Nothing to Say, No One to Say It To

I’m reading Faulkner’s “As I Lay Dying” for my book club, and trying very hard to finish it before Thursday, because after all it is my book club and I should at least be one of the ones who finishes the book.

One of the characters — I am not sure which one, Cora’s husband — ponders on how people need to “do”, beyond the mind. It is the sort of comment that leapt out at me, for two reasons.

One, the book is starkly rural, plain spoken and in the moment. The characters are revealed, however, internally and show to have much more complex internal lives than their “active” life shows.  They are acting, and doing very little, except fitting in the death of mother around the never-ending routine of their rural lives.

The second reason is revealing itself to me, everyday, the more I get to know myself, and the nature of life. I plant a garden, I love a garden– a garden is exhausting work. I ponder the desire to do less. I buy a house, I buy things for the house — I have no time, soon, to maintain the house. I ponder leaving the house behind and moving on again.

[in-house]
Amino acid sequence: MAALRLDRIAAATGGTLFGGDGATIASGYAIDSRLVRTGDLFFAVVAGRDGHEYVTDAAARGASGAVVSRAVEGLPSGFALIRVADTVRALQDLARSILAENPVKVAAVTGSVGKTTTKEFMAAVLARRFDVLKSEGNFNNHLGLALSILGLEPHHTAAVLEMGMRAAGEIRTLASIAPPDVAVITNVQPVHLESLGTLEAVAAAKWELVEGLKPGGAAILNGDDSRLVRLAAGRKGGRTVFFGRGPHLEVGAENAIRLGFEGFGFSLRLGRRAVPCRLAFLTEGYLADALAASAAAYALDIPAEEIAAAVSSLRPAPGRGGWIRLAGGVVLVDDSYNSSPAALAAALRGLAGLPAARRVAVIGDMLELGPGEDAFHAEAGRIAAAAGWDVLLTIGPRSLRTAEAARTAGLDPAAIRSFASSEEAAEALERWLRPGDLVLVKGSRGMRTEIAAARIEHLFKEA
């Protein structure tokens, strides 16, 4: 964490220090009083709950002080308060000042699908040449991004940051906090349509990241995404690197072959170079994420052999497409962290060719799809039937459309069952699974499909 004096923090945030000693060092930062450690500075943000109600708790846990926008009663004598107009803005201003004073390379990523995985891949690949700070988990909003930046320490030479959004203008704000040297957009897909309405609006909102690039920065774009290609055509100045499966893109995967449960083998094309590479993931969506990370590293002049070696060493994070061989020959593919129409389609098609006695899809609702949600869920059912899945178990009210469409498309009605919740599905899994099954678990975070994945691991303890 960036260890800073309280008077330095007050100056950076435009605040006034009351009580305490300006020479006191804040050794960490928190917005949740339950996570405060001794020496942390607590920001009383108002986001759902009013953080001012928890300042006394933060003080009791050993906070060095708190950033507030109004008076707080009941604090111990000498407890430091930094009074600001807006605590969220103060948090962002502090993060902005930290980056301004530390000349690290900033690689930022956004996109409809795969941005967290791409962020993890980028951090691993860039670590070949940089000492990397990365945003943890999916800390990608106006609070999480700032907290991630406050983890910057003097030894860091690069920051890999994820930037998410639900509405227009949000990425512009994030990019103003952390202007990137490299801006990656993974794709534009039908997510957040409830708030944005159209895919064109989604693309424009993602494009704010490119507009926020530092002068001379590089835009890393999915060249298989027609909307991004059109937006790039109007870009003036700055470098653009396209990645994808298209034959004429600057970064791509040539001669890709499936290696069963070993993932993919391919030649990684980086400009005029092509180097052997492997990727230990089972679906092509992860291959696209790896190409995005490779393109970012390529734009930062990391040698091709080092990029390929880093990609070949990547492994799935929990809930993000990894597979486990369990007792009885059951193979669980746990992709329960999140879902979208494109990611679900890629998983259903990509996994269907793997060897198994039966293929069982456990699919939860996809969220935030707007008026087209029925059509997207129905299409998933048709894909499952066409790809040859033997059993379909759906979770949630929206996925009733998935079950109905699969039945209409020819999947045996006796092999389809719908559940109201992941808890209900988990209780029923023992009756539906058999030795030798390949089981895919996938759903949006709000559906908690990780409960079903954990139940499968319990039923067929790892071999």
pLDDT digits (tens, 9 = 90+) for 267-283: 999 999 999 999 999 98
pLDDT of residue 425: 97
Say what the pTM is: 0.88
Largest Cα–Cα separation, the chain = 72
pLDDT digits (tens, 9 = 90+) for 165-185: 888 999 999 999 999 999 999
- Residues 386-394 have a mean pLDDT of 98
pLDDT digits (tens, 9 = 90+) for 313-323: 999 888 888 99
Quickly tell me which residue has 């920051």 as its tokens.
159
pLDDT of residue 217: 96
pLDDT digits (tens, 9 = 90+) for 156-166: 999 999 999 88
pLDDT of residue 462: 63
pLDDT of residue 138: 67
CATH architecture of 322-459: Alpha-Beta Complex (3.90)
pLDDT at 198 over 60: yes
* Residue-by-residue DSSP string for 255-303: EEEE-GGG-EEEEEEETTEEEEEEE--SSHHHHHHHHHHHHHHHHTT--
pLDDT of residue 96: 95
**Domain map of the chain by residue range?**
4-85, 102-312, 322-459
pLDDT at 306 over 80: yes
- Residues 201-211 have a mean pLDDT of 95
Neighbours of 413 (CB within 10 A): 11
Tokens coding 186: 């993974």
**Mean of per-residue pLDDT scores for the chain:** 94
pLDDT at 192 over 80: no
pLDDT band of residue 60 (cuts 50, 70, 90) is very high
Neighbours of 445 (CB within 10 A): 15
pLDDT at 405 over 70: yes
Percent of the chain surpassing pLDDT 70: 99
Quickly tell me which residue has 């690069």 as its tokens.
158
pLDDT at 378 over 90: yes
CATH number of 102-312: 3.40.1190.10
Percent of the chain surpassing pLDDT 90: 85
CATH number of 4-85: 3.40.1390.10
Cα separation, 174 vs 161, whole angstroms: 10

I am the seasons, or wish I could be more with them. Modern world wants nothing to do with the inherent cyclical nature of our world, of our bodies, of the true desires in embedded in our human nature. Work, enjoy, rest, reflect and get up to work again.

I didn’t sleep tonight. I’ve been stoking myself on caffeine lately and fooling myself that it will somehow compensate for the complete subtraction of ME from my life these last months. But I am confident in the seasons, even when summer hides from us. The doing will come again.

Elizabeth Howard

Elizabeth writes literary non-fiction, haiku, cultural rants, and Demand Poetry in order to forward the cause of beautiful writing. She calls London, Kansas City, and Iowa home. 

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